There are many options regarding North Korea, all the experts say, but all of them are bad! I think one move that’s never talked about has merit. I’ll need some space to offer a few facts that make the plan more plausible. Most of us “own” territory here and there. If you were an exchange student in Norway, for instance, you will be sure to read everything you see in the press about Norway. You “own” Norway. Were you a Marine guarding our embassy in Kuwait? If so, you “own” Kuwait. I “own” North Korea!
How can anybody as naïve as I am walk around with his head held as high as mine? I haven’t been officially branded as naïve, but that will surely come once conservatives with political savvy spring the length of their chains and sink their fangs into the column that follows. Let the confession precede the allegation. I’m wild about President Trump and what I feel he can accomplish for America if unimpeded by the pygmy class. I’m a conservative.
Maybe we’re better than we think we are. Here’s a question you’re advised never to ask at a dinner party, unless those present are beloved family, close friends, or you have no desire to be with any of them from now on. The question: On what day in America were the most lies told? That sounds inexcusably stupid, asinine, impossible to ascertain – a joke still-born. Actually, it’s a valid question with a solid answer bristling with sharp implications for here and now.
Muck Rack makes it simple to find people, tweets, or articles that mention any name, keyword, company, hashtag etc. We've compiled this guide to help you make the most of your search.
Selecting a term
Start searching tweets, articles from media outlets, articles mentioned in tweets, journalists'
names, titles and bios with some suggested searches:
Companies or Topics (e.g. iPhone, Microsoft)
Phrases (e.g. "cloud computing") — use quotes to keep the terms together
Twitter handles (e.g. @username) — returns those who have mentioned or replied to
Names (e.g. "David Pogue")
Hashtags (e.g. #sxsw, #london2012)
Bio details (e.g. vegan, Olympics, father)
Muck Rack's Advanced Search allows for many boolean operators.
Find results that mention multiple specified terms, use AND or
+. For example, ensure each result contains both Elon Musk and Mark Zuckerberg by
searching Obama AND Romney or Obama + Romney.
Use the operators OR or , to broaden your search when you'd like either of
multiple terms to appear in results. (This is the default behavior of our search when no operators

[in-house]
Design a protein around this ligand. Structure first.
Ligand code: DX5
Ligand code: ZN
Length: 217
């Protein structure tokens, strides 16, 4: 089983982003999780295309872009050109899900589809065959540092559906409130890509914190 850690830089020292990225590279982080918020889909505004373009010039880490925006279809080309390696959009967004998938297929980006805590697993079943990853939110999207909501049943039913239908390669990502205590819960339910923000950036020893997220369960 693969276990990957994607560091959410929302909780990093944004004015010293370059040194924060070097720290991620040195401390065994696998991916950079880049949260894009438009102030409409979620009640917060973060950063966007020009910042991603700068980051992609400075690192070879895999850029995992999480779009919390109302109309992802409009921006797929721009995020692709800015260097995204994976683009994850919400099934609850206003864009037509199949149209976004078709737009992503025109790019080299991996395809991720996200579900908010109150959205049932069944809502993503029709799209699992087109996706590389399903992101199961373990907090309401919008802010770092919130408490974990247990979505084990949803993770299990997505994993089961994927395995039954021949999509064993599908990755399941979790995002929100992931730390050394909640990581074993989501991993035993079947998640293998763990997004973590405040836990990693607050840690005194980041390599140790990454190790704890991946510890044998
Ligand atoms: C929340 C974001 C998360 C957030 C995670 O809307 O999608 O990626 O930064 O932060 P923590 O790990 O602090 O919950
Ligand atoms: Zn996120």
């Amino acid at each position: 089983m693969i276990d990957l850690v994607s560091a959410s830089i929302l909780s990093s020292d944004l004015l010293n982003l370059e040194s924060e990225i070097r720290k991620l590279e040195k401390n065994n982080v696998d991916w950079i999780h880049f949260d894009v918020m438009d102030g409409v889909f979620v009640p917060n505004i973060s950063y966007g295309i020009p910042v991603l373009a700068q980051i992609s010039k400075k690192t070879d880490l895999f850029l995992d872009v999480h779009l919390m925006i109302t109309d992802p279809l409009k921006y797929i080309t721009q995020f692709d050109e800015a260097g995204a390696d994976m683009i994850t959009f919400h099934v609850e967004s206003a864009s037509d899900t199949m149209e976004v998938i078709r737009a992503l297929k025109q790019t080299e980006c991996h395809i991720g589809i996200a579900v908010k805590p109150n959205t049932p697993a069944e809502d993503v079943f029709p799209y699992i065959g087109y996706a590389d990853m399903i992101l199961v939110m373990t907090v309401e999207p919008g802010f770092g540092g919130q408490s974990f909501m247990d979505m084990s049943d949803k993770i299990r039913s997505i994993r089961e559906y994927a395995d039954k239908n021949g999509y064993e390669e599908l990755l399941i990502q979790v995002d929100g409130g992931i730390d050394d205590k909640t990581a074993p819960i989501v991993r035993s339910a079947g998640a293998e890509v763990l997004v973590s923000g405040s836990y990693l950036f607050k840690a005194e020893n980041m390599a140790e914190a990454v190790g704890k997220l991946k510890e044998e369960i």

are used.) For example, search for democrat OR republican to find results that refer to
Democrats and/or Republicans.
Use NOT or - to subtract results from your search. For
example, searching Disney will yield results about the Walt Disney Company as well as Walt Disney
World Resort. To exclude mentions of Disney World, search for Disney -World or Disney
When using one of these operators with a phrase, enclose it in quotation marks. For example, you can
find results about smartphones excluding Apple's iPhone 4S by searching smartphone -"iPhone
Exact case matching or punctuation
If you're searching for a brand name or keyword that relies on specific punctuation marks or capitalization, you can
find results that match your exact query by adding matchcase: before the keyword you're searching for, like matchcase:E*TRADE .
Use parentheses to separate multiple
boolean phrases. For example, to find journalists talking about having fun in Disney World or
Disneyland, search for ("disney world" OR disneyland) AND fun.
An asterisk can be used to search for any variation of a root word truncated by the asterisk. For example, searching for admin* will return results for administrator, administration, administer, administered, etc.
A near operator is an AND operator where you can control the distance between the words. You can vary the distance the near operation uses by adding a forward slash and number (between 0-99) such as strawberries NEAR/10 "whipped cream", which means the strawberries must exist within 10 words of "whipped cream".